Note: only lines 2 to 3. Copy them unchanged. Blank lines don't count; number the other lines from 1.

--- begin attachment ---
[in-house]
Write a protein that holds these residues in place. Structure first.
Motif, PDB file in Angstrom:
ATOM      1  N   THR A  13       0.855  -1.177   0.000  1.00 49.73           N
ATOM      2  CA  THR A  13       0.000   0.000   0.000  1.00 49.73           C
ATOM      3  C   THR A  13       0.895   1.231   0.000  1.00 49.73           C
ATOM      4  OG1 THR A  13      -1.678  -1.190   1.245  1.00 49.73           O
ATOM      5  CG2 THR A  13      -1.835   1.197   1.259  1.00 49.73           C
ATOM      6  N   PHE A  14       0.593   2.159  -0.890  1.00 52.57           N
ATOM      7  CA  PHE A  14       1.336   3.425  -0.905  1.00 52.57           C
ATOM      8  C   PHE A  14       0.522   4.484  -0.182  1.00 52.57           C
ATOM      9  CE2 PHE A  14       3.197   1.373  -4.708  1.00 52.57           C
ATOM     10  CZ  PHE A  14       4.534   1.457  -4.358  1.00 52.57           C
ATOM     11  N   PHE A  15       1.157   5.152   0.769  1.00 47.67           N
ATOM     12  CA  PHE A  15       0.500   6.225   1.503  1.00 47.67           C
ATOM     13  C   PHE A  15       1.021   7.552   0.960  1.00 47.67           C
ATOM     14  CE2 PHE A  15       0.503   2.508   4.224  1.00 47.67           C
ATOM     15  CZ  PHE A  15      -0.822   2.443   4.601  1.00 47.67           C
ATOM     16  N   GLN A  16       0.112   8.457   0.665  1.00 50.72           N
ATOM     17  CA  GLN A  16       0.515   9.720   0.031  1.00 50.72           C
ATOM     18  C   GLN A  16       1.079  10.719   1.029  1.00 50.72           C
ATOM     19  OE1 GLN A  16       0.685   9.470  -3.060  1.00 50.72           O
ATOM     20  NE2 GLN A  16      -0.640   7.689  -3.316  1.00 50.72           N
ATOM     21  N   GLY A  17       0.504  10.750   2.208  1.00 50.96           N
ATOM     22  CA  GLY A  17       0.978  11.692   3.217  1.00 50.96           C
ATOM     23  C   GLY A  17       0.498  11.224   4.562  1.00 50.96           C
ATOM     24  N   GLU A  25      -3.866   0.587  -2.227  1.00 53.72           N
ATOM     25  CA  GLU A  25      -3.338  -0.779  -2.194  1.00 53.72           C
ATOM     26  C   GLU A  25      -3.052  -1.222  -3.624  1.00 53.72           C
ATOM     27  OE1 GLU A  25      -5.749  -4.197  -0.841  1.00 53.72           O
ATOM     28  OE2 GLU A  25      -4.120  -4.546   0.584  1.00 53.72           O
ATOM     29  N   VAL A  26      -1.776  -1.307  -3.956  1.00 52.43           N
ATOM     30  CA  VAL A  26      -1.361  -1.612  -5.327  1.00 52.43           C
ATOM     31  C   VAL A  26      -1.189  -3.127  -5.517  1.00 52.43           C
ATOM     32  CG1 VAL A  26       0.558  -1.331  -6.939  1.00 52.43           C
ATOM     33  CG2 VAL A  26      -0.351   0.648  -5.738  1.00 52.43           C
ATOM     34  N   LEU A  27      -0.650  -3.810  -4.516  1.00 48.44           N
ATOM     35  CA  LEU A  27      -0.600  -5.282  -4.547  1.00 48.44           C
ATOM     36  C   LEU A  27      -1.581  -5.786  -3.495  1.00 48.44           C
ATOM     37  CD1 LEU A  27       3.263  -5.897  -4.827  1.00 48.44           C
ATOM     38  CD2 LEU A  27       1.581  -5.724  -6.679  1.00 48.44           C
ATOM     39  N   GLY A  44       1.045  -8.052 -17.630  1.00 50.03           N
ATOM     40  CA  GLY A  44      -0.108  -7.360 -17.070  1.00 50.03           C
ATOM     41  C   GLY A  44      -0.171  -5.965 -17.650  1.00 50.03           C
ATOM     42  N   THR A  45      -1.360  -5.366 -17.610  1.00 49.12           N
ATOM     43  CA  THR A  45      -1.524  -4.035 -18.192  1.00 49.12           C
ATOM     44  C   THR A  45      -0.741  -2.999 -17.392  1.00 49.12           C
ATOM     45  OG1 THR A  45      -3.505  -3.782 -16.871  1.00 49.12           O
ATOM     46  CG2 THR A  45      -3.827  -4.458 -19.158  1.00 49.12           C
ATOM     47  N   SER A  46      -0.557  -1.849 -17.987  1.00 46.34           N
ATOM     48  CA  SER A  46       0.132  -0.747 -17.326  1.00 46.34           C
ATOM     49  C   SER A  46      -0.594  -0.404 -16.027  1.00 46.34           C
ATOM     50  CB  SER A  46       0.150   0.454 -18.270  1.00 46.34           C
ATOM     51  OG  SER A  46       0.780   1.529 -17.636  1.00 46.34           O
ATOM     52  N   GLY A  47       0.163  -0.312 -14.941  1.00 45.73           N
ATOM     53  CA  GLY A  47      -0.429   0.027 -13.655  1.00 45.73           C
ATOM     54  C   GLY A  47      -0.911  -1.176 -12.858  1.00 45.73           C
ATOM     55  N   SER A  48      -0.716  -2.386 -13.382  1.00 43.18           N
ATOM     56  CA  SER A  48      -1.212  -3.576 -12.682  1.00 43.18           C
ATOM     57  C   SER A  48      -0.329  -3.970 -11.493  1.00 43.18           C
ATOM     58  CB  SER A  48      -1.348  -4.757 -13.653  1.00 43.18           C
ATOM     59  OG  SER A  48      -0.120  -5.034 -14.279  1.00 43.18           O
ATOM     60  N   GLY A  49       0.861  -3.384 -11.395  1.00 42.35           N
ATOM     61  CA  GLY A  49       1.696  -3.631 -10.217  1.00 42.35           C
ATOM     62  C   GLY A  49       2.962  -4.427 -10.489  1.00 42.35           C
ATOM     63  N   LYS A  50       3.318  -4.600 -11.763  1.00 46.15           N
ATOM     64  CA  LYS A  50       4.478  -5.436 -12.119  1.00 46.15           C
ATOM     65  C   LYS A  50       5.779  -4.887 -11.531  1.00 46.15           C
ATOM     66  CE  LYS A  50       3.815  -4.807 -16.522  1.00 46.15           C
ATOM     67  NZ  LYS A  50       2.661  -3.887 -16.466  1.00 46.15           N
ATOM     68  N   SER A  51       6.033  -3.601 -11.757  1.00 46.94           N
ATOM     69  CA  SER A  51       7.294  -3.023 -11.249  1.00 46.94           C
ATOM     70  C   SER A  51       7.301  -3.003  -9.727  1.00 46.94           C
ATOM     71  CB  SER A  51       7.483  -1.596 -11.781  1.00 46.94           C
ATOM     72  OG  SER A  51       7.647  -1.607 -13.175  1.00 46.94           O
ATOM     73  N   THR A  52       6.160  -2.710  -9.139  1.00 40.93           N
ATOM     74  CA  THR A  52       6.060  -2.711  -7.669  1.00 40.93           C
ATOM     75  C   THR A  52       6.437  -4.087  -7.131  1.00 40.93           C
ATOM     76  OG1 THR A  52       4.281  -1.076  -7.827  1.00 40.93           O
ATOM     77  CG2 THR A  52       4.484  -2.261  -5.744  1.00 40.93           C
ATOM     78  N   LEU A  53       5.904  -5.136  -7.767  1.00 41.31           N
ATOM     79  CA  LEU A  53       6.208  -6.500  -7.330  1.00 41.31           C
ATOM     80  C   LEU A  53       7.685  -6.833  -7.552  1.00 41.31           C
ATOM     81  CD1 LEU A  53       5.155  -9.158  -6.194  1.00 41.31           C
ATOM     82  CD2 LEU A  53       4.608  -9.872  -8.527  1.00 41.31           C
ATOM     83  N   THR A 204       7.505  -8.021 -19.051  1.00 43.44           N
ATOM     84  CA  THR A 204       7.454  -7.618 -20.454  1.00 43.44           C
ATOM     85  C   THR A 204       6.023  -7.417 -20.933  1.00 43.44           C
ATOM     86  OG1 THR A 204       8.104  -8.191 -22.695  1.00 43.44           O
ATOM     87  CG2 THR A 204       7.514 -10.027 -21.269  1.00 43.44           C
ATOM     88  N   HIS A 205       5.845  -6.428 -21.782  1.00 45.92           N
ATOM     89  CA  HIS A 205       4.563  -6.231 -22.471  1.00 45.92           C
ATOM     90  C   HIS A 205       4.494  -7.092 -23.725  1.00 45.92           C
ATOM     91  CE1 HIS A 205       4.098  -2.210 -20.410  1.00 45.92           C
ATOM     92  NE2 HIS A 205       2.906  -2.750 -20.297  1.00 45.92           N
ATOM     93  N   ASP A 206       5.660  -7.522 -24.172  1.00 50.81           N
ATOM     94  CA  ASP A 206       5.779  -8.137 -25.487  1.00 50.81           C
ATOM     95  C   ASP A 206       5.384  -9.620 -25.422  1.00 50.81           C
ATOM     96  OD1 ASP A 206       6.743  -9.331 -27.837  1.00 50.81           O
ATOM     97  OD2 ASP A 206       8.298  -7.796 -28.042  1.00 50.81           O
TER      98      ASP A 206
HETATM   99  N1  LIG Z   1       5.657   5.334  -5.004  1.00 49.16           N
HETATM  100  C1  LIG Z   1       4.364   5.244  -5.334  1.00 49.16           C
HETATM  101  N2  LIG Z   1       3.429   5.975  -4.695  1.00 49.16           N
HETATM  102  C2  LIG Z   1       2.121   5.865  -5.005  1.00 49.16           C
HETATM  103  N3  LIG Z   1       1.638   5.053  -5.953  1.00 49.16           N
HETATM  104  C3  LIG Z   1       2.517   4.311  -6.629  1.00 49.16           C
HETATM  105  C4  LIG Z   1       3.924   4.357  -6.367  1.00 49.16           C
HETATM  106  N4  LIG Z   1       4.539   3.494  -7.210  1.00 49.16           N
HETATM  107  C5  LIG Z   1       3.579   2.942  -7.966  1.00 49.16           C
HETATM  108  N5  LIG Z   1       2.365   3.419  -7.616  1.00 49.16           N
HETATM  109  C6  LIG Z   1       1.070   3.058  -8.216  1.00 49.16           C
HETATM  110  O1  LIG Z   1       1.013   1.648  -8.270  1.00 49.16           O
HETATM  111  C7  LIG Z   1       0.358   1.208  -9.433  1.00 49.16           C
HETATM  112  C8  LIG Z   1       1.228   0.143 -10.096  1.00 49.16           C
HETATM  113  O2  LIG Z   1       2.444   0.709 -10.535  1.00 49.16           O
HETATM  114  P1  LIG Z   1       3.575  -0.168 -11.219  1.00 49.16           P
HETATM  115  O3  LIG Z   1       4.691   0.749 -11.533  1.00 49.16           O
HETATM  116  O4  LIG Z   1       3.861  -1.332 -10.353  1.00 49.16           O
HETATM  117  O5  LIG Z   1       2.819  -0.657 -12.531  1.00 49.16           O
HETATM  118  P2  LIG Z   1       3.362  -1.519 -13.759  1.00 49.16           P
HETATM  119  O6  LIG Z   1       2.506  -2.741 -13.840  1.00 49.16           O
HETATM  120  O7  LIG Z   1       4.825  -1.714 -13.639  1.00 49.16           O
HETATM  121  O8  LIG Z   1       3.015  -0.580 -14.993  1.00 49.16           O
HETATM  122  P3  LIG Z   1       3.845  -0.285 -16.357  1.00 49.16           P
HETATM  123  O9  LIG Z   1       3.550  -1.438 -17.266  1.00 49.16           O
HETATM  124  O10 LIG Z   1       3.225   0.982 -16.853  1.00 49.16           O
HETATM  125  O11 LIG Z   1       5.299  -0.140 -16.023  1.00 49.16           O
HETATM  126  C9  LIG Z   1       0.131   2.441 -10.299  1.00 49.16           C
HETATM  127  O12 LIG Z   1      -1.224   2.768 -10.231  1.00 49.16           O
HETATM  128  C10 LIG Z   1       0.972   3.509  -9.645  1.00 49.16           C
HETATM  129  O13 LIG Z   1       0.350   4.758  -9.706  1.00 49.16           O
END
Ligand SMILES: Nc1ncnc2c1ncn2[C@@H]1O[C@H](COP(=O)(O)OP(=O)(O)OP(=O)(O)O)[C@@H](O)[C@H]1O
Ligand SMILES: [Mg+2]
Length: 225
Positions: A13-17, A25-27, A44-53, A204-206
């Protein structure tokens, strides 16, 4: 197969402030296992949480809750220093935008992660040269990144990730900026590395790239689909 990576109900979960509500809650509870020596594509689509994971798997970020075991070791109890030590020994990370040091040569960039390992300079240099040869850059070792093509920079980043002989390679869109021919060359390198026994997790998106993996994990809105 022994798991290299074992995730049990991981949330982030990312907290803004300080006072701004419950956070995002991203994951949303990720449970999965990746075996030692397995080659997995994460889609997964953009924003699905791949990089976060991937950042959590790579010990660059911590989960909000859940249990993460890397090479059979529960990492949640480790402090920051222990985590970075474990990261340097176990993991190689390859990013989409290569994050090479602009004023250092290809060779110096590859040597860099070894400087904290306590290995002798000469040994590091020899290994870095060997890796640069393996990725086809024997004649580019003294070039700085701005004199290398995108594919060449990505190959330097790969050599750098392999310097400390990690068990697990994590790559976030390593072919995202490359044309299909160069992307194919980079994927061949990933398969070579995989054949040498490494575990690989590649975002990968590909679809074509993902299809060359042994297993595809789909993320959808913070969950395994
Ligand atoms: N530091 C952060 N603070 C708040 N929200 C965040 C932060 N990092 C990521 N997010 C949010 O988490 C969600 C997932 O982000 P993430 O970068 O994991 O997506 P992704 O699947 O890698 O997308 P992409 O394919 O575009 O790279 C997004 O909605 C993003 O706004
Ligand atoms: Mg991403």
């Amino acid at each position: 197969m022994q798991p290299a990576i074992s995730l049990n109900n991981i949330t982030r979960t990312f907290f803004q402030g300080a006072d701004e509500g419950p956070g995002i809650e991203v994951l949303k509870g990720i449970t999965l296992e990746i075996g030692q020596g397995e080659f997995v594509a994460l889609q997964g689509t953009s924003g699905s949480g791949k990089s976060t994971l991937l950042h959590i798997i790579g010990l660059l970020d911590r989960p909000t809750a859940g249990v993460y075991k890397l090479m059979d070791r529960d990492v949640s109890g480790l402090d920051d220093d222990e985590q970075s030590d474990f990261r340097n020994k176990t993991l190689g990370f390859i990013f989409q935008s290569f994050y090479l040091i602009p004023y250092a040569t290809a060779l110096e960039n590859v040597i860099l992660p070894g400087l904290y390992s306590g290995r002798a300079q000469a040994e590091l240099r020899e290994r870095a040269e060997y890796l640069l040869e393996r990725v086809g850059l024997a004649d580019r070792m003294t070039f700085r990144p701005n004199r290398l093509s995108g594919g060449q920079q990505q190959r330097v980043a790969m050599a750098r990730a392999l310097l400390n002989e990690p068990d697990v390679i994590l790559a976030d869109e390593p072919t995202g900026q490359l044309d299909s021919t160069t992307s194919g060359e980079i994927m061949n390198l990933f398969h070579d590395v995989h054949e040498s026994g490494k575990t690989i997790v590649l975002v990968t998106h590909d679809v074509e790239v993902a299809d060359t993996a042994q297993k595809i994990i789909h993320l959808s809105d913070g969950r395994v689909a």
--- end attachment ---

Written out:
Write a protein that holds these residues in place. Structure first.
Motif, PDB file in Angstrom: